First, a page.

Brother Thomas, I think you've got the root of the matter. The patriarchs knew the name but did not know or fully appreciate the meaning of it. I'd like to elaborate on that because I think that Exodus 6 therefore gives us important evidence as to the core emphasis / meaning of the name.

The contrast between the patriarchs and the way God is revealing Himself in Exodus 6 is that they've not seen the covenant fulfilled, but God is about to fulfil it. All they've had is a promise, dwelling in tabernacles as heirs of the promise (Heb. 11:9), but they were not in receipt of the promise (Heb. 11:13-15).

The name Jehovah was used in making those covenant promises to each of them, but now God says He is going to really reveal Himself as Jehovah. They knew Him as powerful, God Almighty, but now He is going to fulfil the covenant, so He will be known as Jehovah.

My preliminary conclusion, therefore, is that a primary force of the name, if not the sole focus, is that it emphasises His nature as a covenant-keeping God. And when I then look at how the name is used in Scripture, it seems to bear that out. Abraham, Isaac, and Jacob knew Him as a covenant-making God, but only in a limited way as a covenant-keeping God. When God gives a son to Abraham, He is again Jehovah. When He promises the covenant to Jacob, again, He uses Jehovah. When He sends Jacob back from Padanaram to the promised land, He again identifies Himself as Jehovah. And so on.

Very, very frequently Jehovah is used when there is an emphasis on God's covenant faithfulness. If you study it out, you may not entirely agree with the way I've expressed it but I think you'll find there's something to what I'm saying.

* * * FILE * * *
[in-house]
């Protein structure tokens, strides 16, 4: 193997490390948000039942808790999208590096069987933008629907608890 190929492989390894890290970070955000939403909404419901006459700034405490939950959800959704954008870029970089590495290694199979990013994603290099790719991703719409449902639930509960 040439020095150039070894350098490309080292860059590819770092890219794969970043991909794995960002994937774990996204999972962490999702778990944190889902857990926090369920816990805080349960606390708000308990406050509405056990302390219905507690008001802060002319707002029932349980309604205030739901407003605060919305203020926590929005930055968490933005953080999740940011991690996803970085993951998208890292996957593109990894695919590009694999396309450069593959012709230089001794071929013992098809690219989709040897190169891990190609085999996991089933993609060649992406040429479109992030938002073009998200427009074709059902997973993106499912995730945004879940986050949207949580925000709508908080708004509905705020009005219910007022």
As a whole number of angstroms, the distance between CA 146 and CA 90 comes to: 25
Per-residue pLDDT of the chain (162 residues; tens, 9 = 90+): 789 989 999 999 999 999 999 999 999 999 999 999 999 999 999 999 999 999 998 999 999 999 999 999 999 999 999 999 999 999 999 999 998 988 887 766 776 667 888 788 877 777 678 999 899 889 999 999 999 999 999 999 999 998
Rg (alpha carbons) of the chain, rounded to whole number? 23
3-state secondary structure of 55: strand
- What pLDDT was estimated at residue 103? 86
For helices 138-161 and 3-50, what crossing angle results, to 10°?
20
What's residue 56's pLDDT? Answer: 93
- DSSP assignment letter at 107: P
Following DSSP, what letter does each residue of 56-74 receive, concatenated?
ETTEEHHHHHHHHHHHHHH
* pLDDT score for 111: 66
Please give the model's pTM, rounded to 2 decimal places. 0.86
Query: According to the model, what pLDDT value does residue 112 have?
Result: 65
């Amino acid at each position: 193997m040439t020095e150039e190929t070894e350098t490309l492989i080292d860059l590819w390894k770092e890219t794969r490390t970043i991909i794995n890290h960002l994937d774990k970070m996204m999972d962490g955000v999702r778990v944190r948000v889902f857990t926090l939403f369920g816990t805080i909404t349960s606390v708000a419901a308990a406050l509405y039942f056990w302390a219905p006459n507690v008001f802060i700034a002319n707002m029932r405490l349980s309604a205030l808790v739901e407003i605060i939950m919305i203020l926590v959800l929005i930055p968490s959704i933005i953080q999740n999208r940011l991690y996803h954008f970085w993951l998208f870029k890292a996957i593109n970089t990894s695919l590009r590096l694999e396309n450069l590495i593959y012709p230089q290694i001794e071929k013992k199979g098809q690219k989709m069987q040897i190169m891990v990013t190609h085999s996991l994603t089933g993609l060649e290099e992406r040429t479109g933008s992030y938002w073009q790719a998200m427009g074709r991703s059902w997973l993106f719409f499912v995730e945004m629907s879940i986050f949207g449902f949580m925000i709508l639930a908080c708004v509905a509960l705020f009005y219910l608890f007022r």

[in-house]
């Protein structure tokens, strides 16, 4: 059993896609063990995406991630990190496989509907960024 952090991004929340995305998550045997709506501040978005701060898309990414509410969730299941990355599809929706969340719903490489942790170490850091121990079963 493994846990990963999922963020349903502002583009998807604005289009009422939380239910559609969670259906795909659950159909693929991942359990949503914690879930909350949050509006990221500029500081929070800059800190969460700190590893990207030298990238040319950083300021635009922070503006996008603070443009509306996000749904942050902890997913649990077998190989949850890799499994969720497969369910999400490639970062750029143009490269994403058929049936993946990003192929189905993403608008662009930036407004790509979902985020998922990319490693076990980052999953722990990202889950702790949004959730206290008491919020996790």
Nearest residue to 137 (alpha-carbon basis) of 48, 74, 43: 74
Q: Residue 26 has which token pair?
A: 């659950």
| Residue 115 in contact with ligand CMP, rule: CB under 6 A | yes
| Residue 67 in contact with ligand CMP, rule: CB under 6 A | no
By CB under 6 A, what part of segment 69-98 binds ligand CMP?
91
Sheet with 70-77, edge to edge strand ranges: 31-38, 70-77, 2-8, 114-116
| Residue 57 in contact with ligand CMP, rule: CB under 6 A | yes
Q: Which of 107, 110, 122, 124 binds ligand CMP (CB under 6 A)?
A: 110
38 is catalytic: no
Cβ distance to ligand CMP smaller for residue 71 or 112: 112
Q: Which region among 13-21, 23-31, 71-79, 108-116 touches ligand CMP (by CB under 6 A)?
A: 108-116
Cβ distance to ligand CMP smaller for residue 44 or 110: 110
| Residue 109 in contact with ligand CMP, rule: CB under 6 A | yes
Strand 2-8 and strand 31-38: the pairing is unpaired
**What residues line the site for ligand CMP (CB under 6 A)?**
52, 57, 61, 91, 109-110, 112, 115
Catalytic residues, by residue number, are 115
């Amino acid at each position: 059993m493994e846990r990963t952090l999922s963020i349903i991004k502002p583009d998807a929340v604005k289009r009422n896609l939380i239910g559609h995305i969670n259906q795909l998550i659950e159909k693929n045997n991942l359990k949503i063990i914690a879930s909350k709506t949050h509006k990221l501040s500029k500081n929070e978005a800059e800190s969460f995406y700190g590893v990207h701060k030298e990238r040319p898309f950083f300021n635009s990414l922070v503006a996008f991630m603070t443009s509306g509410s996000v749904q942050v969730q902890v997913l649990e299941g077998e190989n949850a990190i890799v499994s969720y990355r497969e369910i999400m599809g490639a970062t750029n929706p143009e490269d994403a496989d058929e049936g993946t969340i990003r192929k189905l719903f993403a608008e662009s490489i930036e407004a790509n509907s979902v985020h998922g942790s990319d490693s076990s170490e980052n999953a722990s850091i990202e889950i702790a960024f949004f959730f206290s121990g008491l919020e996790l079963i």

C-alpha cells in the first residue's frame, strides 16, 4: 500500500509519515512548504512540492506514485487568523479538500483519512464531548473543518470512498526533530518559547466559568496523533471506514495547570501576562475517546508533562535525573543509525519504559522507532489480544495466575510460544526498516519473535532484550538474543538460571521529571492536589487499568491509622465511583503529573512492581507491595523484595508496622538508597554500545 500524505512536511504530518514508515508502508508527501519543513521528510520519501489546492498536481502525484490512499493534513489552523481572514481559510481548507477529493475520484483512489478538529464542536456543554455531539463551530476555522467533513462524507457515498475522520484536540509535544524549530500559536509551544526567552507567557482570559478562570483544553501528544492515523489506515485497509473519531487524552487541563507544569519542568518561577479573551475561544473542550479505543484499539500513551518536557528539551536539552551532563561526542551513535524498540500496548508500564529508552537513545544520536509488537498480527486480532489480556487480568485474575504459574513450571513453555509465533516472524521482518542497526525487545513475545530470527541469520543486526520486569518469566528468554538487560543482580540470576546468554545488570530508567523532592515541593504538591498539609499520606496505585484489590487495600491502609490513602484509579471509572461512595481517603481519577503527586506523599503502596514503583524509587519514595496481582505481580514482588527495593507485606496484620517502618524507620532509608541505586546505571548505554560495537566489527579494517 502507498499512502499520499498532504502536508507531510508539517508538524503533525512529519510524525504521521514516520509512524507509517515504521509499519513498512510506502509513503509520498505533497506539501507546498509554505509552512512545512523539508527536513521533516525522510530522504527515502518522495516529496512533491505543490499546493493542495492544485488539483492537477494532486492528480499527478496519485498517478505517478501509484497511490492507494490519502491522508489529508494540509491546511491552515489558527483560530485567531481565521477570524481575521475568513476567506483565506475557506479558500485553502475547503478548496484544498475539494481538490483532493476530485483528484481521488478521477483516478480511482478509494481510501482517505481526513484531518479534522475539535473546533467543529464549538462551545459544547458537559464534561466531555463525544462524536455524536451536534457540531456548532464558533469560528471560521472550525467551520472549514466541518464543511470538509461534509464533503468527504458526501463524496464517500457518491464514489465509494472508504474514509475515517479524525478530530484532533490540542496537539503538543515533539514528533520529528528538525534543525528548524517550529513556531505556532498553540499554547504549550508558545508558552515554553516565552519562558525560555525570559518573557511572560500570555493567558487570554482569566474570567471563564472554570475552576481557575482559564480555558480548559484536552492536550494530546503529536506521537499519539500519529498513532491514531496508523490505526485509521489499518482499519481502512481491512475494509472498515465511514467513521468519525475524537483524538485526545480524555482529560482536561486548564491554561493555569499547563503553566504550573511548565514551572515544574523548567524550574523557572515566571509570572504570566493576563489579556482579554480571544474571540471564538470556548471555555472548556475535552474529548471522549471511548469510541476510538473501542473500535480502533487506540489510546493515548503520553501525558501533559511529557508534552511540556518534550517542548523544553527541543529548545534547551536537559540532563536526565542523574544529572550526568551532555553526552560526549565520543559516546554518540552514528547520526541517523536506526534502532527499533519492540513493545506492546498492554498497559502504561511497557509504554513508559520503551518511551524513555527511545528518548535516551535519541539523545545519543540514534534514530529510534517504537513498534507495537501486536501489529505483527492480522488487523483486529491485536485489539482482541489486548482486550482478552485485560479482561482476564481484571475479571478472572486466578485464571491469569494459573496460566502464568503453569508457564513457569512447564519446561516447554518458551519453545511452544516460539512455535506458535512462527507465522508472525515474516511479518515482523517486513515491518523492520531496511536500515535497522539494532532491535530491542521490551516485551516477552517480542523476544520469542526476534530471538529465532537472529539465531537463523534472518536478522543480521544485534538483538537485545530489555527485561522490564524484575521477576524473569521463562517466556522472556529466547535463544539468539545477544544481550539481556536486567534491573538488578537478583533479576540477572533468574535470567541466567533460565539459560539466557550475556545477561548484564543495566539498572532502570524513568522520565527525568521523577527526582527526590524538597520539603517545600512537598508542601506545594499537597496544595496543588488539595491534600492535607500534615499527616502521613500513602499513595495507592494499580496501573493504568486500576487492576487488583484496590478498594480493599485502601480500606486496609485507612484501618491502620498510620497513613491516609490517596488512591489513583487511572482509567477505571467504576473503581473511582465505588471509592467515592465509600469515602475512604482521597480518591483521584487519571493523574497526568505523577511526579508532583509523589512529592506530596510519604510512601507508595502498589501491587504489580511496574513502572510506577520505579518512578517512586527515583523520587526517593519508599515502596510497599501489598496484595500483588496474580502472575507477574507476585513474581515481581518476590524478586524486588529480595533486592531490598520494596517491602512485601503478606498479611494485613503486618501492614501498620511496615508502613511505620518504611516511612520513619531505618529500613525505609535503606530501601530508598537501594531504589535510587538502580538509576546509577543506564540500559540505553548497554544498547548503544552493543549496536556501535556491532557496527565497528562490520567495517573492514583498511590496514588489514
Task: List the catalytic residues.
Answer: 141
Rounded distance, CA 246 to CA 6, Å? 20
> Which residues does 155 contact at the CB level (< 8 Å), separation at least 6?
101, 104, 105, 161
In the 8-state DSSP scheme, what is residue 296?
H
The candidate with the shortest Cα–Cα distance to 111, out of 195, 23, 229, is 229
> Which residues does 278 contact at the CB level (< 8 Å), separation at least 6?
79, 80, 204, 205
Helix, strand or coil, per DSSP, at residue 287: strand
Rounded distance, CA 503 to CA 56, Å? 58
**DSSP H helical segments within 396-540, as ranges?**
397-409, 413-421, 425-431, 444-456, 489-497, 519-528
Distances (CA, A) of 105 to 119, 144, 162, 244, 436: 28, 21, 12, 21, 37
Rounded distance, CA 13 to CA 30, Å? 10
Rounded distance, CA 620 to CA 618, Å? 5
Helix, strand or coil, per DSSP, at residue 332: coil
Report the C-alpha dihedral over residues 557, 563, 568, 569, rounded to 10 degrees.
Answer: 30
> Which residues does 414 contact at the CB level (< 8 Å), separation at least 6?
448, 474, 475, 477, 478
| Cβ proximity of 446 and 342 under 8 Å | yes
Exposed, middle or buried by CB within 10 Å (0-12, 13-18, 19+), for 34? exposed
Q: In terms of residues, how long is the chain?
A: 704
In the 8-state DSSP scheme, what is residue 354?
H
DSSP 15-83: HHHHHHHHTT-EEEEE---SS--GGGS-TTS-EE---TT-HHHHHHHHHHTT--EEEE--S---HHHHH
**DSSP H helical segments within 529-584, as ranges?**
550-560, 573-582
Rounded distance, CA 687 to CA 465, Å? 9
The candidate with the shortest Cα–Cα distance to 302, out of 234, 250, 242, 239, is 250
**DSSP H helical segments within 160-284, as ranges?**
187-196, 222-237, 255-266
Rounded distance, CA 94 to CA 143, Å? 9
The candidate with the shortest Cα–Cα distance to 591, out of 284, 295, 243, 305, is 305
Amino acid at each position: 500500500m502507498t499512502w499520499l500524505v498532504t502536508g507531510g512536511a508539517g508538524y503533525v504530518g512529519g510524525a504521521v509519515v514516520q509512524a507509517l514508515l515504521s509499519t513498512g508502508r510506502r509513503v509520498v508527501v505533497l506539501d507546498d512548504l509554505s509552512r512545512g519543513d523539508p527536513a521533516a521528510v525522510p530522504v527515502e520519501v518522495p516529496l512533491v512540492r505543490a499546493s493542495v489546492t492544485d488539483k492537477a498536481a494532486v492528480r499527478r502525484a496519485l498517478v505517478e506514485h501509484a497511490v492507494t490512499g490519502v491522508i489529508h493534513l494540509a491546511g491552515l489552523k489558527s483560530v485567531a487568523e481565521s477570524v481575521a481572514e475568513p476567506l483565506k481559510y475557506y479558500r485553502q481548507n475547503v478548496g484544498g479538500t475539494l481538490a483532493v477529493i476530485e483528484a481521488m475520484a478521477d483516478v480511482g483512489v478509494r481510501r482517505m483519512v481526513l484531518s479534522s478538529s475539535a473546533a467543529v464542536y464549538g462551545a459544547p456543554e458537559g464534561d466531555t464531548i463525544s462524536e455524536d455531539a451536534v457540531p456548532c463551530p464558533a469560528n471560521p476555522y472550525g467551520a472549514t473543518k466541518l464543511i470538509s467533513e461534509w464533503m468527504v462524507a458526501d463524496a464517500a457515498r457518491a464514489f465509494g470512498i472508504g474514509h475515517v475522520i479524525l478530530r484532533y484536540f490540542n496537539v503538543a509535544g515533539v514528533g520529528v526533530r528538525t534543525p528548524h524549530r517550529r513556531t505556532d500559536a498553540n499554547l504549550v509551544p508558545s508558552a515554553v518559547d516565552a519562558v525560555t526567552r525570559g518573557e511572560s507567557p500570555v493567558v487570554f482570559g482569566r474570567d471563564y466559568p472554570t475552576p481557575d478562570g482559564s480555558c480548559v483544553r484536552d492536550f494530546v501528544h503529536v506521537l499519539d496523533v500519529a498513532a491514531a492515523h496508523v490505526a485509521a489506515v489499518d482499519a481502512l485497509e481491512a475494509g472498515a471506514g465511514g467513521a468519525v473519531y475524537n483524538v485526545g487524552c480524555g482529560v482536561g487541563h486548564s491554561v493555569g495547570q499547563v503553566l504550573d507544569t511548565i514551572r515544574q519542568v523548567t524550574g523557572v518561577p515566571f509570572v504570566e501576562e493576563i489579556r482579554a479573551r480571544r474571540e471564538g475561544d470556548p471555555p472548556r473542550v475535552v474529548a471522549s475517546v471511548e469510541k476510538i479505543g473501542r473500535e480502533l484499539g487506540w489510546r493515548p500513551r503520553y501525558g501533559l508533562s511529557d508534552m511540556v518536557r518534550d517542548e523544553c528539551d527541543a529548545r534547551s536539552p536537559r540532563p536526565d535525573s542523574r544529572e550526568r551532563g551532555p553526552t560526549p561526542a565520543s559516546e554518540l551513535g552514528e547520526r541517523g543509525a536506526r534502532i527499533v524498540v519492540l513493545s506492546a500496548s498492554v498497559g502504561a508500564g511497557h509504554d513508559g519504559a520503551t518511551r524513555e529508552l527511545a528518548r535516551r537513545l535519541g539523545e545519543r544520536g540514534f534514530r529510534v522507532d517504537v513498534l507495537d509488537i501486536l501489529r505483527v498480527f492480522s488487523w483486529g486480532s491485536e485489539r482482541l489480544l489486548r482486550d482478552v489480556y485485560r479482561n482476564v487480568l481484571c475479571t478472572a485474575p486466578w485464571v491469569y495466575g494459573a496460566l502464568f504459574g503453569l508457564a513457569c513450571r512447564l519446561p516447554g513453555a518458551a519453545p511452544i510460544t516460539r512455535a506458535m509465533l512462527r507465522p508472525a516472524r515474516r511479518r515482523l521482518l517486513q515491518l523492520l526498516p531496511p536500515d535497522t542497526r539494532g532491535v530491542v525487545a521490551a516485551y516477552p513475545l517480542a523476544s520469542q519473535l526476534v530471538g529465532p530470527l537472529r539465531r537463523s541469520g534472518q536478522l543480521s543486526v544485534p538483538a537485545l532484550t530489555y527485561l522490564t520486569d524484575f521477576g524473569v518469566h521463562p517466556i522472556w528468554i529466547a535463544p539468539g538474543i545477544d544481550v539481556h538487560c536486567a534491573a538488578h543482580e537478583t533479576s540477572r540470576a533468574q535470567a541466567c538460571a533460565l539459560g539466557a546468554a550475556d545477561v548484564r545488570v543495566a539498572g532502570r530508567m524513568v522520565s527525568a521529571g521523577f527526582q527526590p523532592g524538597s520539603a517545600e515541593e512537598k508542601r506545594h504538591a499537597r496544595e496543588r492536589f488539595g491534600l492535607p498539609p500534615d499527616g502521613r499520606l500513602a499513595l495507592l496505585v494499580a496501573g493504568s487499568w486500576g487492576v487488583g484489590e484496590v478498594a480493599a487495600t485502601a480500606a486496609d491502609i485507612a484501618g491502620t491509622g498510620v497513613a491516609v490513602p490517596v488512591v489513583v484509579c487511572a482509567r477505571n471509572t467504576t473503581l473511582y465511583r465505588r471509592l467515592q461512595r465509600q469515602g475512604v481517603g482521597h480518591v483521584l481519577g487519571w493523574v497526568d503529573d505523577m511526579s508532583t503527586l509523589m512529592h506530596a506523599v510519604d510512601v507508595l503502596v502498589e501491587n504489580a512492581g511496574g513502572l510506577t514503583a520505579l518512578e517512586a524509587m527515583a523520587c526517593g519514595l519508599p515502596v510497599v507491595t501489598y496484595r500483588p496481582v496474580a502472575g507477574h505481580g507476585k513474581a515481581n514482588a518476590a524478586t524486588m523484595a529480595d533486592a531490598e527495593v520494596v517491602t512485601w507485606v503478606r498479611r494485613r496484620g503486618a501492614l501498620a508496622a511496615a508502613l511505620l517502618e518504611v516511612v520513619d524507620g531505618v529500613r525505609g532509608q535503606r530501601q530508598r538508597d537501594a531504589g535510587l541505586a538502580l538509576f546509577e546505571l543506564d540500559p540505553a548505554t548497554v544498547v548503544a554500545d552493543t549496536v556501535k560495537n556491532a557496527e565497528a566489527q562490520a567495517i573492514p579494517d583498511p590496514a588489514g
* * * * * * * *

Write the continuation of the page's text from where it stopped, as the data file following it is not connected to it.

Andrew said...

Jon, agree with you because like you said his holy name Jehovah was already known. It seems since Genesis 4:1. The importance of saying this here in Exodus 6:3 can seem to be that in the past they had known him by His mighty hand before, as the Almighty, but that from this point they would know Him for His attribute of being the absolute unchanging, since He had a way to make His promises turn to reality, and with God all things are possible. So He would be known for the mighty works He was about to do by the name of Jehovah, in that He undoubtedly made these things become reality.

There really isn't left any other explanation except the eternal, or constant or immutable nature of God's word, as it was given from the beginning. And He could be known as Jehovah, as what God spoke and said was given from long, long before these things came to pass, but could rightly be regarded as an eternal fact or immutable truth by the hearers right away.

KJB1611 said...

Dear Bro Gleason and Andrew,

Thanks, good points.

Andrew said...

Thanks, and good article, Thomas. I knew you would like them.